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Legislators Speak on Budget Issues

State Sen. William “Bill” Mim’s Christmas wish is for “steady, predictable prosperity.”

“That’s one thing I haven’t had quite enough of,” Mims told the Board of Supervisors at Monday’s board meeting. Mims (R-33), state Sen. Russell Potts, Jr. (R-27) and Dels. Richard "Dick" Black (R-32), Robert "Bob" Marshall (R-13), Joe May (R-33) and Thomas "Tom" Rust (R-86) spoke to the board about the upcoming legislative session, briefly discussing the board’s 2003 Legislative Package. The package includes 18 items board members voted on later in the meeting to show or decline their support.

“I … believe you’re on the up slope,” said May, adding that he expects the state’s economy in fiscal year 2004 to reflect that of the 1996-97 legislative term. However, Mims said, “We find we’re in the deepest recession in more than 40 years.”

Mims gave his reasons: the business cycle, the Sept. 11, 2001 terrorist attack and the Internet technology company layoffs. “I certainly hope you don’t have to go through the level of pain the state has gone through,” he said.

THE LEGISLATIVE delegation answered board member questions regarding budget cuts, state funding and local taxes.

Chairman Scott York (R-At large) asked where Loudoun County stands with reopening the Sterling Department of Motor Vehicles (DMV) office, one of 12 offices closed in October.

Gov. Mark Warner (D) closed the offices after removing $15 million in DMV license fees from the Transportation Trust Fund — generated through a half-cent sales tax initiated in 1986 — and placed the money in the state’s General Fund, Black said. The governor closed the DMV offices a week later.

“I have to wonder why it’s being done,” Black said. “This is one of the most intensely used DMV offices in the Commonwealth.”

“That place is packed. … It must have been making a lot of money,” said Supervisor Eugene Delgaudio (R-Sterling), adding that he believes the office was closed for political reasons. “The money for this agency is supposed to go back to this district.”

Mims said the office does not meet modern standards as do the state’s newer facilities. “Every public servant makes mistakes. The closing of the Sterling DMV was flat out inequitably a mistake. We are going to do everything we can as a legislature to change that,” he said. “There’s substantial possibility the General Assembly will reverse its decision.”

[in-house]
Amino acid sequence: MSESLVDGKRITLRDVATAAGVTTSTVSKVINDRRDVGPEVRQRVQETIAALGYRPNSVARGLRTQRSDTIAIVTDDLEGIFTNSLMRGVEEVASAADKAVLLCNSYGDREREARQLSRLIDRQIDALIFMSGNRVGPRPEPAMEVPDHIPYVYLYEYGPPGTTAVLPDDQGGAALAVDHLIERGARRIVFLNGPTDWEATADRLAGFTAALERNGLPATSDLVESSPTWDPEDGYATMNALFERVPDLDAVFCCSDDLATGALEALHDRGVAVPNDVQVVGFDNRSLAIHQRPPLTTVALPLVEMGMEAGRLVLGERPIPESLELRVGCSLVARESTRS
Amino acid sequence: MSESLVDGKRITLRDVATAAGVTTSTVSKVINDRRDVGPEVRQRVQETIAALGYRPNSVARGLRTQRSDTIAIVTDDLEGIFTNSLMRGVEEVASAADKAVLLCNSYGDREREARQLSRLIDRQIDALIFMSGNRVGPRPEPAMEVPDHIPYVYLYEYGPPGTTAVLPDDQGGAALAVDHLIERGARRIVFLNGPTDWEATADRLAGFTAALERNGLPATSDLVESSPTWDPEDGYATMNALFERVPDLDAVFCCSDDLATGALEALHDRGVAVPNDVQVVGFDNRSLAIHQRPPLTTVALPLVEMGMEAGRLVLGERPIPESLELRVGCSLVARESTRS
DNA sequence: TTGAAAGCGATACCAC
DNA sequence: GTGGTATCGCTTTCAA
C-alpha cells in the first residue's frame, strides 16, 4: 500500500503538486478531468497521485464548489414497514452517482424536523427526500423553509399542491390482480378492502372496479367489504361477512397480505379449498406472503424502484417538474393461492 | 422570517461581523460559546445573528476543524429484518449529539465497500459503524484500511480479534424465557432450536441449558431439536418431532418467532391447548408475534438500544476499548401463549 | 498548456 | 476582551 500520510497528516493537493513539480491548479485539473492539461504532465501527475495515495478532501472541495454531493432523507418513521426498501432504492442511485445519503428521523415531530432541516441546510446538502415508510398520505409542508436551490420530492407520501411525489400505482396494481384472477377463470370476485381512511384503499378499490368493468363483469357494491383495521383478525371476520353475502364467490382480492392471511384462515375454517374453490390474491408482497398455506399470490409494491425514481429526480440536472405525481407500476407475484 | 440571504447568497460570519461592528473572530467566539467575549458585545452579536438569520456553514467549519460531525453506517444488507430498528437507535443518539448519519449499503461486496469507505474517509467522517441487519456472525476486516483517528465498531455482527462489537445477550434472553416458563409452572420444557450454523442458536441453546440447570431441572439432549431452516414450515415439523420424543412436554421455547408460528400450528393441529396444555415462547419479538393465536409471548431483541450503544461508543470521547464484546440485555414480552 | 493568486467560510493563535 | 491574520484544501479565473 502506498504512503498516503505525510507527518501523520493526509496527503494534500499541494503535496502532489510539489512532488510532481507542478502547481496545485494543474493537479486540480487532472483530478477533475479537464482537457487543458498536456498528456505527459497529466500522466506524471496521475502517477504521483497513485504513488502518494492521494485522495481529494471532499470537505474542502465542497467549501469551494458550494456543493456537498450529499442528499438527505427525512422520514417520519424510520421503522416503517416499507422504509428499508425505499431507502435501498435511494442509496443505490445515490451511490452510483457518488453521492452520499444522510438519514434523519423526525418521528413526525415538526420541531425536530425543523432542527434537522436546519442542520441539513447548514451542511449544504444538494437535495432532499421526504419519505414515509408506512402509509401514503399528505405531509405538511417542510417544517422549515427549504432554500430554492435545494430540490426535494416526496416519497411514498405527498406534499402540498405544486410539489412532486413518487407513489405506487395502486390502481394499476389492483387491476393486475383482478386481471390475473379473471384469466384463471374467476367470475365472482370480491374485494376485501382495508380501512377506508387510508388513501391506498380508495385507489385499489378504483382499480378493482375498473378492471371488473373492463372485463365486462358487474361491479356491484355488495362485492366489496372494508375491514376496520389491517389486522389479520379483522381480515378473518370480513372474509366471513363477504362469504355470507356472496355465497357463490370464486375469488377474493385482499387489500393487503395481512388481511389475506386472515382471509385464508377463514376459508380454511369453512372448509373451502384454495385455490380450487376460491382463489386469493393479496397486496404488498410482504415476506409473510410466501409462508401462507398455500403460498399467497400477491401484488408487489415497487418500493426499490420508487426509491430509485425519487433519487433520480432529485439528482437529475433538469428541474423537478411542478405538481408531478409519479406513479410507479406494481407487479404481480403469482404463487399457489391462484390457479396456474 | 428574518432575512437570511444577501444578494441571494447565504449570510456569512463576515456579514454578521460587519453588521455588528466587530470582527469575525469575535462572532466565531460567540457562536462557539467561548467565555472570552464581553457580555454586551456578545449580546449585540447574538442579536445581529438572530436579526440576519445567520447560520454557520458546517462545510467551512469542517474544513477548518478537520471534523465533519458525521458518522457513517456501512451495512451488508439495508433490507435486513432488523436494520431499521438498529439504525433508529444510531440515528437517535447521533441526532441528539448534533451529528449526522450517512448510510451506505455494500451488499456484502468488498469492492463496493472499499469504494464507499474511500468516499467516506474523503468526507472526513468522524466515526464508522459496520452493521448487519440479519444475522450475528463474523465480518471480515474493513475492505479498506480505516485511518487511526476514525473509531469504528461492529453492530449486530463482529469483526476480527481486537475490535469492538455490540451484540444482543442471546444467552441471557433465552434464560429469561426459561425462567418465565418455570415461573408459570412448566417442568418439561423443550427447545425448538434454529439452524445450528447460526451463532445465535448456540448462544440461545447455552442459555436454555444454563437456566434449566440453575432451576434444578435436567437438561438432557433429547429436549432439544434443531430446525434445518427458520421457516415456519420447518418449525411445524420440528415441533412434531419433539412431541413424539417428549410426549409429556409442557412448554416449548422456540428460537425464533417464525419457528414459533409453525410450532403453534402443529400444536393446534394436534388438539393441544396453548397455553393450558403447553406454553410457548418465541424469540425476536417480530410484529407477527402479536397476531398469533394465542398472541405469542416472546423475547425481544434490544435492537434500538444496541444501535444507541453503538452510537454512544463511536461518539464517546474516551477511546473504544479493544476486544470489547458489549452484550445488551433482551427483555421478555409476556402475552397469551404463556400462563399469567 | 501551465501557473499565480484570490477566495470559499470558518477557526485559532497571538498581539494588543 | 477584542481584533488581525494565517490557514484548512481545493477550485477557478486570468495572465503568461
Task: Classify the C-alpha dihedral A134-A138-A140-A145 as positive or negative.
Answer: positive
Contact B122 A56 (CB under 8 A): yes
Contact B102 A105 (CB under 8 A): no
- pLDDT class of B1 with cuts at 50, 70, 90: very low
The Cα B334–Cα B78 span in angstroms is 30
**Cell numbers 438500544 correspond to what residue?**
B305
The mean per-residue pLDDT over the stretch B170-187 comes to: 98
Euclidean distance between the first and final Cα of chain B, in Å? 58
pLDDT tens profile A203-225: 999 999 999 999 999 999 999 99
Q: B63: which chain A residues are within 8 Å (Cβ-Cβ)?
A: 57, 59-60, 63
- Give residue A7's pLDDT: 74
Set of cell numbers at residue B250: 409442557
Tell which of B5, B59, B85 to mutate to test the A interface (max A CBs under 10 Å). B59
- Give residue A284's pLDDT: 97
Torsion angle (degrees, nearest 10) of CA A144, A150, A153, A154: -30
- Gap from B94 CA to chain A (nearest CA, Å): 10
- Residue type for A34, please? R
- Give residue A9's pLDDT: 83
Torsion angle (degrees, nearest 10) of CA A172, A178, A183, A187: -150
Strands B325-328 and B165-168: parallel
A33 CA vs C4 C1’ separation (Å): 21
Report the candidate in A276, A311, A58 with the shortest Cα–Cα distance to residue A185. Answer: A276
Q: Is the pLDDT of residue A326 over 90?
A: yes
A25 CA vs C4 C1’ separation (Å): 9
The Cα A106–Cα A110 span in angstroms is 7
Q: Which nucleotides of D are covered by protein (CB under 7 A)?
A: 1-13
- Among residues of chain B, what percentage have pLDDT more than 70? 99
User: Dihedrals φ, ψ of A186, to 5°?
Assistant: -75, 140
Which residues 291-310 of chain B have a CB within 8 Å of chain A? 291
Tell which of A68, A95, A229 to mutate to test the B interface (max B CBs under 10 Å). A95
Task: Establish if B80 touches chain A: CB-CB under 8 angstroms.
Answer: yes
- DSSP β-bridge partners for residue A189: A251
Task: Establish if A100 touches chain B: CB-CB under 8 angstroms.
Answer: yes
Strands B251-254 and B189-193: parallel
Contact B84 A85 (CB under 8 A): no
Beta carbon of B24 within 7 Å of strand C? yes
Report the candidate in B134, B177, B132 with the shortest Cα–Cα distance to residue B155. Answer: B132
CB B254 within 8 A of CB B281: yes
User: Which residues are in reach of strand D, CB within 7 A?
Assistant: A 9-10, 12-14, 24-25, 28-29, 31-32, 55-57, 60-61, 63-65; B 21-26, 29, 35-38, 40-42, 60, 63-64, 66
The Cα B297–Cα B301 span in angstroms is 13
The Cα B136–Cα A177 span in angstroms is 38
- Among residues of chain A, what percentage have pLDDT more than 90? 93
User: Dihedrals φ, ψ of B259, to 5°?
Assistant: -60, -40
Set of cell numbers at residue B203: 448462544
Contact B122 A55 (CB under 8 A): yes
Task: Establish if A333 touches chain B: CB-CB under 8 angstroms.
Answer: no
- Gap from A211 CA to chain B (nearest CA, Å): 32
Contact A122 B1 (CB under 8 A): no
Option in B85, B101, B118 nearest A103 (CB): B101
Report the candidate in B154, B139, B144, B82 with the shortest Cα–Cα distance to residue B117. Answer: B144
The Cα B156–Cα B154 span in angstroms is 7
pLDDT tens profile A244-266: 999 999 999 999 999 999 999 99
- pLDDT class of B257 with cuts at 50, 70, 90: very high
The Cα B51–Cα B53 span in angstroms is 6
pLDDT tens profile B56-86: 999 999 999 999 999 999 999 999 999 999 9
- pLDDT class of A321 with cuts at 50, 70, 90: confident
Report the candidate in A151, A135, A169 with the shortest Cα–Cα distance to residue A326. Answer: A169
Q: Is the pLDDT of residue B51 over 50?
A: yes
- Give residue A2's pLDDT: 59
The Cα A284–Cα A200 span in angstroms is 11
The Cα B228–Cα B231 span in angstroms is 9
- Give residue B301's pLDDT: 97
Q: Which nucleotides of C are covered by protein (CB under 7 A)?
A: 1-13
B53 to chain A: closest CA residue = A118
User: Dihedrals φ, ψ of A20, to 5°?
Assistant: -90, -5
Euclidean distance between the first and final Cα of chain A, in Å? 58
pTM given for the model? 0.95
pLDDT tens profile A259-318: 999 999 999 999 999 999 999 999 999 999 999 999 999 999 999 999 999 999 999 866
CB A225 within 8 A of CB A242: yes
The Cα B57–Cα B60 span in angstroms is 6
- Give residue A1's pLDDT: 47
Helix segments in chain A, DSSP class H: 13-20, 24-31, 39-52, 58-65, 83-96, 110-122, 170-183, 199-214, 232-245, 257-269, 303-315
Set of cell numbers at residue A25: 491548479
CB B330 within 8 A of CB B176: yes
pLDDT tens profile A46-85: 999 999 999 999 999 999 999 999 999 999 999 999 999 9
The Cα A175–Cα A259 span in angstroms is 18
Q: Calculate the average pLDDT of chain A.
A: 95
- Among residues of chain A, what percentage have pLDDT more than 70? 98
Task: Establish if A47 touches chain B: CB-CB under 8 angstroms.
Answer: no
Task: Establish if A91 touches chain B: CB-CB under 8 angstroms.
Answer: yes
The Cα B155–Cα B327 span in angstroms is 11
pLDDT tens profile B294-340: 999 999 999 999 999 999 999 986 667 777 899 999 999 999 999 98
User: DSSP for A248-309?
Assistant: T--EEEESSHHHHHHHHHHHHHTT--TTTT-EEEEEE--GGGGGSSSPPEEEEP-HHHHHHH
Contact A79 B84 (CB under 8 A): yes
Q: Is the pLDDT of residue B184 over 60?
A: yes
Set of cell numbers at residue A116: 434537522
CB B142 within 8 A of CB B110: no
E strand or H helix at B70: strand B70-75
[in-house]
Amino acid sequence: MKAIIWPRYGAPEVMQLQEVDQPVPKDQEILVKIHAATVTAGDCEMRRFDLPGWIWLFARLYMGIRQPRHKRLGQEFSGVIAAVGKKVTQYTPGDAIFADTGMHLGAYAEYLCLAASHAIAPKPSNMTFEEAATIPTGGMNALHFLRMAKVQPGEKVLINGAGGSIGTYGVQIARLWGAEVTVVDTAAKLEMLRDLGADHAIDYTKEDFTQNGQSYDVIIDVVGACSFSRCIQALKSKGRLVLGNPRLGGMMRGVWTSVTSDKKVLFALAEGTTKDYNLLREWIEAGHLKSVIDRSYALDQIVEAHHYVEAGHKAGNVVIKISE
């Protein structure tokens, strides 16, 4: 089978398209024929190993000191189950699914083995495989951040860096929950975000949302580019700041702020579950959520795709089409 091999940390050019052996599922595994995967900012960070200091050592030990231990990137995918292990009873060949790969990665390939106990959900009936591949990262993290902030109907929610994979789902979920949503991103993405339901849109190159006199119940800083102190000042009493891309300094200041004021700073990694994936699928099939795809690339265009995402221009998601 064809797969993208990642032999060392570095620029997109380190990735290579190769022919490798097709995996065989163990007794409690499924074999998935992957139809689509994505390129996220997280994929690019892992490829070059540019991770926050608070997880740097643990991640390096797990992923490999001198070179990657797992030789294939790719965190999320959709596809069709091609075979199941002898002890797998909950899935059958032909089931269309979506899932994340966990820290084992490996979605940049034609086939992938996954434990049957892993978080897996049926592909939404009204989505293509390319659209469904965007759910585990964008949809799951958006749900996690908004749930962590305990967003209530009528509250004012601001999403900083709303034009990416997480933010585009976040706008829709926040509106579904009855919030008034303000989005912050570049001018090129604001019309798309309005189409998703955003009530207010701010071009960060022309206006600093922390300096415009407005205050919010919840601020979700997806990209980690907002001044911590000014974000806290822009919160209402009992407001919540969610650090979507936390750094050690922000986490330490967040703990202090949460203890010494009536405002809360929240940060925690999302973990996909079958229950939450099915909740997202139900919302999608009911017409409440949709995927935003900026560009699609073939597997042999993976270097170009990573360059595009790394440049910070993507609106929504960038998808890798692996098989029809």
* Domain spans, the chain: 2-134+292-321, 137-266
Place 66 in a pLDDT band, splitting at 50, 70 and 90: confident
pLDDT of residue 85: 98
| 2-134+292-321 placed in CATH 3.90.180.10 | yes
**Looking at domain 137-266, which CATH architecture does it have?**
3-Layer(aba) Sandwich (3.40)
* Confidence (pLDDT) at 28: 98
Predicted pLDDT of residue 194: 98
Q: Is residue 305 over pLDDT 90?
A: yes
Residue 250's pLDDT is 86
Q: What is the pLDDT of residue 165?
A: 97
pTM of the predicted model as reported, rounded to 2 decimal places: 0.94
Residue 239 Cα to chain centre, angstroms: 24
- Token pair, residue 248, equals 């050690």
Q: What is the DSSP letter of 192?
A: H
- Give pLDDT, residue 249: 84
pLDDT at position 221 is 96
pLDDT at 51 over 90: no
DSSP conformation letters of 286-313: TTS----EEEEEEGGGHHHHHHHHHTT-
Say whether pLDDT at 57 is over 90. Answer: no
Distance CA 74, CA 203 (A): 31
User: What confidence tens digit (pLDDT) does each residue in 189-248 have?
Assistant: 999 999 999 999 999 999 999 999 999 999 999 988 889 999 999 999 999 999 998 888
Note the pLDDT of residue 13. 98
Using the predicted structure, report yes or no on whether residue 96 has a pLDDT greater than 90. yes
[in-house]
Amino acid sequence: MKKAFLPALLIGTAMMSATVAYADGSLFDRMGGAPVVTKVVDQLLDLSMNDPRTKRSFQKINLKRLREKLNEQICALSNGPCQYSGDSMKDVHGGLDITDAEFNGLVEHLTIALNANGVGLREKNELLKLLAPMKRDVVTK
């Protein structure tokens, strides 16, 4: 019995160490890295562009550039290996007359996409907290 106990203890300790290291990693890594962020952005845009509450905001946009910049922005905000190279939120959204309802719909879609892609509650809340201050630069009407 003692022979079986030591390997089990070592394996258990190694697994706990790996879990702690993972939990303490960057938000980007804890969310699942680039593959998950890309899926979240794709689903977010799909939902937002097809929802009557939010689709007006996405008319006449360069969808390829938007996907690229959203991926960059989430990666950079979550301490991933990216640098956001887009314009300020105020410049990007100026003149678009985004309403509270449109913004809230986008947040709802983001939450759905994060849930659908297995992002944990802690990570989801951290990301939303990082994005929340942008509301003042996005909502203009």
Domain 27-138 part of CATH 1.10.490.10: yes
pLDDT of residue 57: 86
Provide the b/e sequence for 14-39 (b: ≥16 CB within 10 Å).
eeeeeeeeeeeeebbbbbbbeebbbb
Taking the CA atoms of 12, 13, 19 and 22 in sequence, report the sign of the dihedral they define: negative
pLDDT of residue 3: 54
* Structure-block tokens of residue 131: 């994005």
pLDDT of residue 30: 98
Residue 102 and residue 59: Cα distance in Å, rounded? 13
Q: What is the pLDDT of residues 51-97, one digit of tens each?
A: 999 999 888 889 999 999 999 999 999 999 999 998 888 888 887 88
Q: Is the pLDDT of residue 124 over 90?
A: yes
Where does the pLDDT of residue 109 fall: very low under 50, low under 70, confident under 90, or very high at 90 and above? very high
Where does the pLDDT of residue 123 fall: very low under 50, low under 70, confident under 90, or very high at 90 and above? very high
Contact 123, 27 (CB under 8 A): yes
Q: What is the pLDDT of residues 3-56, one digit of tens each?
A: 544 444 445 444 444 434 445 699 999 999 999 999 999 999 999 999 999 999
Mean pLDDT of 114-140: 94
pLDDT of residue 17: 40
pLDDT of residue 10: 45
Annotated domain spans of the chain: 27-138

SUPERVISOR Drew Hiatt (R-Dulles) said Loudoun County would like “to see more of its fair share” from the state. In response, the delegates explained the different funding sources provided by the state and the county’s share of each source.

May addressed the state income tax. “Do I expect change? Yes,” he said. Currently, the county receives about one-fifth of the tax employees pay to the state. However, Loudoun will not be able to receive 100 percent of the tax back, since the county’s share is more heavily distributed to the southern and southwestern parts of the state, which do not have the funds to support themselves, he said.

The funds the state does not provide have to be made up locally, mainly through property taxes, said Supervisor William Bogard (R-Sugarland Run). “My house doesn’t go to school. My house doesn’t go to jail. That’s the biggest source of revenue,” he said.

Mims talked about the state’s composite index formula, used to determine the amount of funding each county receives for basic education as dictated by the state’s Standards of Quality. The formula is “unfair for counties” with high land values, he said.

Loudoun County receives 32 percent of what it needs to fund basic education, while the poorest counties receive 80 percent and the richest counties 20 percent.

“We’re trying to be more creative to provide greater funds to Loudoun,” Mims said, mentioning that the state provides funding for capital improvements and the Standards of Learning.

SUPERVISOR James Burton (I-Mercer) asked the delegation to interpret what voters meant by turning down the sales-tax referendum, which would have provided funding for transportation projects in Northern Virginia.

Black said the voters do not like being overtaxed and are concerned that too much of their money is sent to the southern part of the state. “People were overburdened by taxes,” he said.

Supervisor Chuck Harris (D-Broad Run) blamed the sales tax for not being well crafted. “The projects were precisely what this Board of Supervisors asked us to put in,” Mims said, adding that the projects proposed for the tax funding were included in the state’s 2020 transportation plan.

About the upcoming legislative session Rust said, “We do face a difficult 46 days.”